Inhibition of bone resorption by bisphosphonates interferes with orthodontically induced midpalatal suture expansion in mice
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Craniofacial sutures are important growth sites for skull development and are sensitive to mechanical stress. In order to determine the role of bone resorption in stress-mediated sutural bone growth, midpalatal suture expansion was performed in mice receiving alendronate, an anti-resorptive bisphosphonate.
Materials and methods
The midpalatal sutures of 8-week-old C57BL/6 mice were expanded by orthodontic wires over the period of 2 weeks. Mice with maxillary expansion without drug treatment as well as untreated animals served as controls. Skulls were analyzed with micro-computed tomography (micro-CT), immunohistochemistry and histology.
Maxillary expansion in mice without drug treatment resulted in an increase of TRAP-positive osteoclasts. In contrast, no increase in osteoclasts was observed in expanded sutures of mice with bisphosphonate treatment. Double calcein labeling demonstrated rapid bone formation on the oral edges of the expanded sutures in mice without bisphosphonate treatment. Less bone formation was observed in bisphosphonate-treated mice after expansion. Histology revealed that the sutural architecture was reestablished in expanded sutures of mice without bisphosphonate treatment. In contrast, the sutural architecture was disorganized and the cartilage had an irregular form, following expansion in bisphosphonate-treated mice. Finally, micro-CT imaging demonstrated that the total amount of maxillary expansion was significantly lower in mice with bisphosphonate treatment as compared to those of mice without drug treatment.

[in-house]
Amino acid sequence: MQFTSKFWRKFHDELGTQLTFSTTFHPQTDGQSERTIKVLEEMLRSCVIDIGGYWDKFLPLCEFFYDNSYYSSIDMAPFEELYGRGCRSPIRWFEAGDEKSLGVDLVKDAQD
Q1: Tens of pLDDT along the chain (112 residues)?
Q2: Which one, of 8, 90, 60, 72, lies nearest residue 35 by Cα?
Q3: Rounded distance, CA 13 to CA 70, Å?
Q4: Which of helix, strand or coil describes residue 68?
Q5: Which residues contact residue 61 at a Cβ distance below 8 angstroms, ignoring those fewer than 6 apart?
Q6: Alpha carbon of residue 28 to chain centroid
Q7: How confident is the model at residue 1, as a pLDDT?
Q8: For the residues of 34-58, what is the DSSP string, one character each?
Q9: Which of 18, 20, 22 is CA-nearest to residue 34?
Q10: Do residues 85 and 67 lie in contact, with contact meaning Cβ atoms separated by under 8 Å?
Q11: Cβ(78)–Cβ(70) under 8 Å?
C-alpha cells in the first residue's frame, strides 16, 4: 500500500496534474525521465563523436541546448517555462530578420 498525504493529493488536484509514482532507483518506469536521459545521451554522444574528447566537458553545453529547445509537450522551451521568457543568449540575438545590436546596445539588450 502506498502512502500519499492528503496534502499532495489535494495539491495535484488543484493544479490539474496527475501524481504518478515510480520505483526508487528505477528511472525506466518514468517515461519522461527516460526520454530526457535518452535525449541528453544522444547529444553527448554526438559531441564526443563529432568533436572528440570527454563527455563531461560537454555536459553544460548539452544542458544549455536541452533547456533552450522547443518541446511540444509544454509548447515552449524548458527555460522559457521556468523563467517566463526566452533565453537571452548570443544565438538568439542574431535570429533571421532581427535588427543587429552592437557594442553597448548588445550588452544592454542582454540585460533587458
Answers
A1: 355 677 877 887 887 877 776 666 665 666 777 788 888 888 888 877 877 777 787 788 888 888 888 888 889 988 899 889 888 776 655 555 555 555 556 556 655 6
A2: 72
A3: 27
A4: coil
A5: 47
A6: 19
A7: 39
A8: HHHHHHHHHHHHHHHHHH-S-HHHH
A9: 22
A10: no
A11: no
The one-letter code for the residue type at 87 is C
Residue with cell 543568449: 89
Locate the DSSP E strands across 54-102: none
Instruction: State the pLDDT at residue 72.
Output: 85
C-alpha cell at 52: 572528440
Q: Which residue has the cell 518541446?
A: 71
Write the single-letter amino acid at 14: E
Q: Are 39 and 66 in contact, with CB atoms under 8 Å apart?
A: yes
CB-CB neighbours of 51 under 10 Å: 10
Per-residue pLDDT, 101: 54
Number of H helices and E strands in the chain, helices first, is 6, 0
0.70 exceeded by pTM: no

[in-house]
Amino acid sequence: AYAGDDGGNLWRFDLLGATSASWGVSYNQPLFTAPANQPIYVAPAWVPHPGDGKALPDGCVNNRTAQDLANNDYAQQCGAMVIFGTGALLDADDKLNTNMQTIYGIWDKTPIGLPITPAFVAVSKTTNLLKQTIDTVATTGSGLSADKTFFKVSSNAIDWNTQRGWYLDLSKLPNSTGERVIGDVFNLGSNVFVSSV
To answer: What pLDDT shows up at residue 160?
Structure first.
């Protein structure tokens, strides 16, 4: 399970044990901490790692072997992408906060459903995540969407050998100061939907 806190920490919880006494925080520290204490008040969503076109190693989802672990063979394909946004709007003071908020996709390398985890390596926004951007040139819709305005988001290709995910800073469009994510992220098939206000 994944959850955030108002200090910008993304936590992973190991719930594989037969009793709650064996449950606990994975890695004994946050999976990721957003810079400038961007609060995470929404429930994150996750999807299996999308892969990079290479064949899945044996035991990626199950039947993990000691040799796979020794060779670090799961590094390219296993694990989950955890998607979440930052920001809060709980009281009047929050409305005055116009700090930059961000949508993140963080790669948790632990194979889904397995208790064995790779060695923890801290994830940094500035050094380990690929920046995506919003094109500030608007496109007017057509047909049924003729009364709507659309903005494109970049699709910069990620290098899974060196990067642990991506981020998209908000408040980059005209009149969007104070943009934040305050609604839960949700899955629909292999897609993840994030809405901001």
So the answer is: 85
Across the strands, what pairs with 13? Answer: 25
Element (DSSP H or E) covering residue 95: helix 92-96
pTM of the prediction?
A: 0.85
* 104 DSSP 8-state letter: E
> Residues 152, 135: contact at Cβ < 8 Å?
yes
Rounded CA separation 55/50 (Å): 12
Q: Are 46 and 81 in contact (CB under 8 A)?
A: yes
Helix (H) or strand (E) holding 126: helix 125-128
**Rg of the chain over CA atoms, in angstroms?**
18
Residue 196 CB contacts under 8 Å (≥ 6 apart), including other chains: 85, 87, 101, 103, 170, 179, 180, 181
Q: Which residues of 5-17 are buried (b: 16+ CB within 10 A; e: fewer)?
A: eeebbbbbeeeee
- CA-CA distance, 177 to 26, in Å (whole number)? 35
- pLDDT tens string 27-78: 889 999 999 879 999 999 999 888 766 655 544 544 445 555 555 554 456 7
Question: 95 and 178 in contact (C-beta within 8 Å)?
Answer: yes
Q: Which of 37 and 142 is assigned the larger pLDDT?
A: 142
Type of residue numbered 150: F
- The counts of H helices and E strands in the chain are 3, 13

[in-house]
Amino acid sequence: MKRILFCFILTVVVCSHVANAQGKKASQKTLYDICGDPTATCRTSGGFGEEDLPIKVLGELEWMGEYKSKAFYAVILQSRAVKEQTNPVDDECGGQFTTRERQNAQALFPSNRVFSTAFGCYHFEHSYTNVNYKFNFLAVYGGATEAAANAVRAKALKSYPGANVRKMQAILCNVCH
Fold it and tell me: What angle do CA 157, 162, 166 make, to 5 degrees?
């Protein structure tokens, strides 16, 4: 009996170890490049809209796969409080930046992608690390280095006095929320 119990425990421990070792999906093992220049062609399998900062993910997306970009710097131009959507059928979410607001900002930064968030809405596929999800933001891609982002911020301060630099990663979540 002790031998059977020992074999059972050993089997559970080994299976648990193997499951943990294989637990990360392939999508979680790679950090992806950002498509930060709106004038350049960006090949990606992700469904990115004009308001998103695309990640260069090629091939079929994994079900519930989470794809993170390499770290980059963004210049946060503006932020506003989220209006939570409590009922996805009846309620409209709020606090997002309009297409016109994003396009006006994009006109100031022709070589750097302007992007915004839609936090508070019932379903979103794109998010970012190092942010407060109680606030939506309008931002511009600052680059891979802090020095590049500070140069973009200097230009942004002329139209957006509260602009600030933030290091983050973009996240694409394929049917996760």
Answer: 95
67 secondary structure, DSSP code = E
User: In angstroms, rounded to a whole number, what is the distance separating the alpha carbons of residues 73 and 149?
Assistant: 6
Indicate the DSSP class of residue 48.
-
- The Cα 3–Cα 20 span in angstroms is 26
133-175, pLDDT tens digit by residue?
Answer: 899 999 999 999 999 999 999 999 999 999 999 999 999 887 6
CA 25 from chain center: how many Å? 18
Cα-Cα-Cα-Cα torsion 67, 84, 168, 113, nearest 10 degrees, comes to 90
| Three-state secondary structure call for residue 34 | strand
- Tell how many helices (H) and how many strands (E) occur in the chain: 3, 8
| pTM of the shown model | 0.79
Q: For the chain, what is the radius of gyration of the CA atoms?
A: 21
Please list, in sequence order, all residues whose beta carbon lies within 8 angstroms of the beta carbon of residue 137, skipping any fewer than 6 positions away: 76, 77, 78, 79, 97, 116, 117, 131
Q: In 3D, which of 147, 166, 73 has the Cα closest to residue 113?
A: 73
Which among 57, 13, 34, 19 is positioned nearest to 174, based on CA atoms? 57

In conclusion, our results indicate that osteoclast-mediated bone resorption is needed for maxillary suture expansion and reorganization of sutural architecture.
Orthodontic palatal expansion can be complicated in patients with inherited or drug-induced diseases of osteoclast dysfunction.
KeywordsSuture Mechanical force Bisphosphonate Osteoclast Orthodontics
We thank Tonia Bargmann for critically reading the manuscript.
The work was supported by the Department of Orthodontics University Medical Center Hamburg-Eppendorf, Hamburg, Germany, by Institute of Osteology and Biomechanics, University Medical Center Hamburg-Eppendorf, Hamburg, Germany, and by the Department of Orthodontics, Giessen and Marburg University Hospital, Marburg Campus, Marburg, Germany. The work was funded by a grant of the German Orthodontic Society to HKS (grant no. 23).
Compliance with ethical standards
Conflict of interest
The authors declare that they have no conflict of interest.
All applicable international, national, and institutional guidelines for the care and use of animals were followed.
For this type of study, formal consent is not required.
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